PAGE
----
Well, we've whetted your appetite with the soup and pate. Time to push aside the sprouts, scrape off the gravy and tuck into some tasty dark meat.
Er, sorry. Metaphor kind of got away from me there.
Actually, I'm kinda hungry now. Is anyone else hungry? I'm hungry.
Anyway, the second instalment in our December 2009 guest-blogging event, A Very Abaddon Christmas, is a teaser for Al Ewing's upcoming Pax novel...
A Pax Britannia Story
By Al Ewing
A Pax Britannia Story
By Al Ewing
His fingers were capable of bending steel, but they gripped the stem of the wine glass gently, precisely.
“Here’s to absent friends,” said Doc Thunder, with a smile that didn’t quite reach his eyes - those eyes of dazzling, uncomfortable blue, that could see further and more clearly than any other human could ever hope to. They seemed clouded now, that unnatural blueness faded like a picture left in the sun. They seemed tired.
Mona looked at him, concerned, and he shook his head, groping for the words. “Sorry. I just never thought… I always hoped I’d be able to reform him. Rehabilitate him.”
Mona smiled slightly, looking down at her plate. “Well, you were the only one who did. The man was a mad dog, Doc, and dangerous enough to kill the whole world if he couldn’t take it. You had to know he’d rather die than be stopped.” She reached out a hand, resting it on his. “You didn’t do anything wrong.”
Thunder shook his head. “There should have been another way.”
For a while, the only sound in the laboratory was the clicking of cutlery on china as he poked at the turkey in front of him, prodding it around the plate, making a pretence at eating.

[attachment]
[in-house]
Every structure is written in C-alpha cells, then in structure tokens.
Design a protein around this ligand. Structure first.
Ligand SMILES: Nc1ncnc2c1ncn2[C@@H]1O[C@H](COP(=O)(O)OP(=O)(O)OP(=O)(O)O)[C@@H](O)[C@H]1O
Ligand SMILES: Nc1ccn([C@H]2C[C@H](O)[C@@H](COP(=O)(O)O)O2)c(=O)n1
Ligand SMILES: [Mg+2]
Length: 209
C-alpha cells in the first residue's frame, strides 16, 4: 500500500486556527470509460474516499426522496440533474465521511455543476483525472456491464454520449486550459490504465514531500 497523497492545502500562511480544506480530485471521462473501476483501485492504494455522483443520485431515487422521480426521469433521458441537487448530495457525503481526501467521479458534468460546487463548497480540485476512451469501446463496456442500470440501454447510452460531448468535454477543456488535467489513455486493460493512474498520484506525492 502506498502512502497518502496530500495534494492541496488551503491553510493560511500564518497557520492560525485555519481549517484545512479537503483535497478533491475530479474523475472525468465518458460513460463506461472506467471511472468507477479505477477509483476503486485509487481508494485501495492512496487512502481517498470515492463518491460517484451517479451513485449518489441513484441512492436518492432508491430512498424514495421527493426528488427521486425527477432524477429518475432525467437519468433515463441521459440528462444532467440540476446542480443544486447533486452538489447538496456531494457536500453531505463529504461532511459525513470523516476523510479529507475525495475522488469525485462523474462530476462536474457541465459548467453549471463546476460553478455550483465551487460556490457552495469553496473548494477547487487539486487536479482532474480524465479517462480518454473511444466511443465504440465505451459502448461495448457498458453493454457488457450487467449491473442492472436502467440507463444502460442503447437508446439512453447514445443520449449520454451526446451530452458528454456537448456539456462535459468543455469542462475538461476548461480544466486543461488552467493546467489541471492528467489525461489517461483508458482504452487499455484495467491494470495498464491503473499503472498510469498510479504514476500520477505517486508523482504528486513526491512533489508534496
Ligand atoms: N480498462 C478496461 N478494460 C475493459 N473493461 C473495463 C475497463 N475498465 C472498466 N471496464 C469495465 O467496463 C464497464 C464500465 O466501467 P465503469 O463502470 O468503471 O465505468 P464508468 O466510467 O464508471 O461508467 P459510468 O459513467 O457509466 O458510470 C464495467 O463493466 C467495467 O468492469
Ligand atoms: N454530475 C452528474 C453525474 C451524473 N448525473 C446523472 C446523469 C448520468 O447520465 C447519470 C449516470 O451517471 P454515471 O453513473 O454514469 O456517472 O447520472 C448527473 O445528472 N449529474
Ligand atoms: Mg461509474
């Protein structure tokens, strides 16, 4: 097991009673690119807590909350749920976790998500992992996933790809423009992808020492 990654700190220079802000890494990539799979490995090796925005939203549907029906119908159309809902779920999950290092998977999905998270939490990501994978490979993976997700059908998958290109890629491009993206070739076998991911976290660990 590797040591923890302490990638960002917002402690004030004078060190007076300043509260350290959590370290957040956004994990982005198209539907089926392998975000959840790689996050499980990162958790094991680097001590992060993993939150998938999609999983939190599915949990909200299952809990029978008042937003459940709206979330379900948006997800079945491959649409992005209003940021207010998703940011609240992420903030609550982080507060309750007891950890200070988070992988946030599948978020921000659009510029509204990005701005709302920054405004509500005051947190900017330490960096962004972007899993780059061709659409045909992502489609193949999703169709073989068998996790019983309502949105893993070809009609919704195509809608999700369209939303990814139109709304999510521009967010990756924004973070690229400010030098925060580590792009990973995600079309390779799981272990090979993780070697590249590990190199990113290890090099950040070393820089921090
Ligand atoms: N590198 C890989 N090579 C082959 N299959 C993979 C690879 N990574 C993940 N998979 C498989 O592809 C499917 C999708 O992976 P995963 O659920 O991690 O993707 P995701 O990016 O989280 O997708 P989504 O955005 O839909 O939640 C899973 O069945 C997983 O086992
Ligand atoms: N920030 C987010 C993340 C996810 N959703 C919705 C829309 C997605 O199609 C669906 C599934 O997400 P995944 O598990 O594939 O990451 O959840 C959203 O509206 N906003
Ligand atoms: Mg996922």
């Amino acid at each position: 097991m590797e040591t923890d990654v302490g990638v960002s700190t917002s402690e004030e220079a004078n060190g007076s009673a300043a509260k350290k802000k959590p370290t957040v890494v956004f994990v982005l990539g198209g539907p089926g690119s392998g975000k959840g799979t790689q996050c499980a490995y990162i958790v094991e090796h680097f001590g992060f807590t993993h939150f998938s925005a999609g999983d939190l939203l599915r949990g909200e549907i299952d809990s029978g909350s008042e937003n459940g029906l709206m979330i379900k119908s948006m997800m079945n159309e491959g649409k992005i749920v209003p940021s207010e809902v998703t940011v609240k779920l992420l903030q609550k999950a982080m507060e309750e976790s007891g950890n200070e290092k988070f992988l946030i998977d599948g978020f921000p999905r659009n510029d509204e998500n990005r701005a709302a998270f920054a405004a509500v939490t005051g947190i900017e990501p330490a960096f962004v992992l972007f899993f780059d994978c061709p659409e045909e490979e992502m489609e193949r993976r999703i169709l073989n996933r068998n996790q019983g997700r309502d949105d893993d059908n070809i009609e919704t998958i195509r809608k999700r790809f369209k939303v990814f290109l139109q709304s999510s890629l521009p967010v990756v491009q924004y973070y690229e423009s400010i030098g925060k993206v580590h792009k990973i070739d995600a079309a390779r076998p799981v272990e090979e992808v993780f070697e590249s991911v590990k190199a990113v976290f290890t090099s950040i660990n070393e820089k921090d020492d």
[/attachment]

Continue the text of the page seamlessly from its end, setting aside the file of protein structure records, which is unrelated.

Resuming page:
“If you’re not eating that, I will.” Mona said between mouthfuls. “This is good stuff, Doc. Even better than last year. Maybe you should drop all this ‘protector of the downtrodden’ business and become a chef.”
Thunder smiled wryly, pushing his plate at her. “Cooking is a science, and you know how I am about science. I can’t rest until I’ve mastered it and put it to use.” He scratched thoughtfully at his beard. “Though you might be onto something there. I could lend a hand at a soup kitchen between cases. God knows I’ll have more time on my hands now…”
He sighed, taking a long sip of the wine.
“I still can’t believe it. Lars Lomax is dead. He’s haunted my dreams for fifty years, he’s caused me more trouble than N.I.G.H.T.M.A.R.E., Untergang and the Hidden Empire put together, and now he’s gone.”
Mona smiled. “Merry Christmas.”
Thunder shook his head. “It doesn’t feel like a present.”
“What does it feel like?”
“A waste. A stupid, useless, unnecessary waste. That man could have been a new Galileo. A Newton. A Cavor. And now he‘s nothing. Ashes floating down the Amazon.”
Mona shrugged. “That’s the difference between you and me. You always see the best in people. I love you for it, but you need to understand that Lars Lomax was never going to be anything other than what he was, and the sooner you accept that, the sooner you’ll stop being such a miserable son of a bitch and ruining Christmas for everybody else.” She smiled sweetly. “Just saying.”
Thunder laughed despite himself. “Fine, Merry Christmas.” He took a swallow of the wine, and then took his plate back, digging a fork into the turkey. “And a Happy New Year.”
But as it turned out, it was anything but.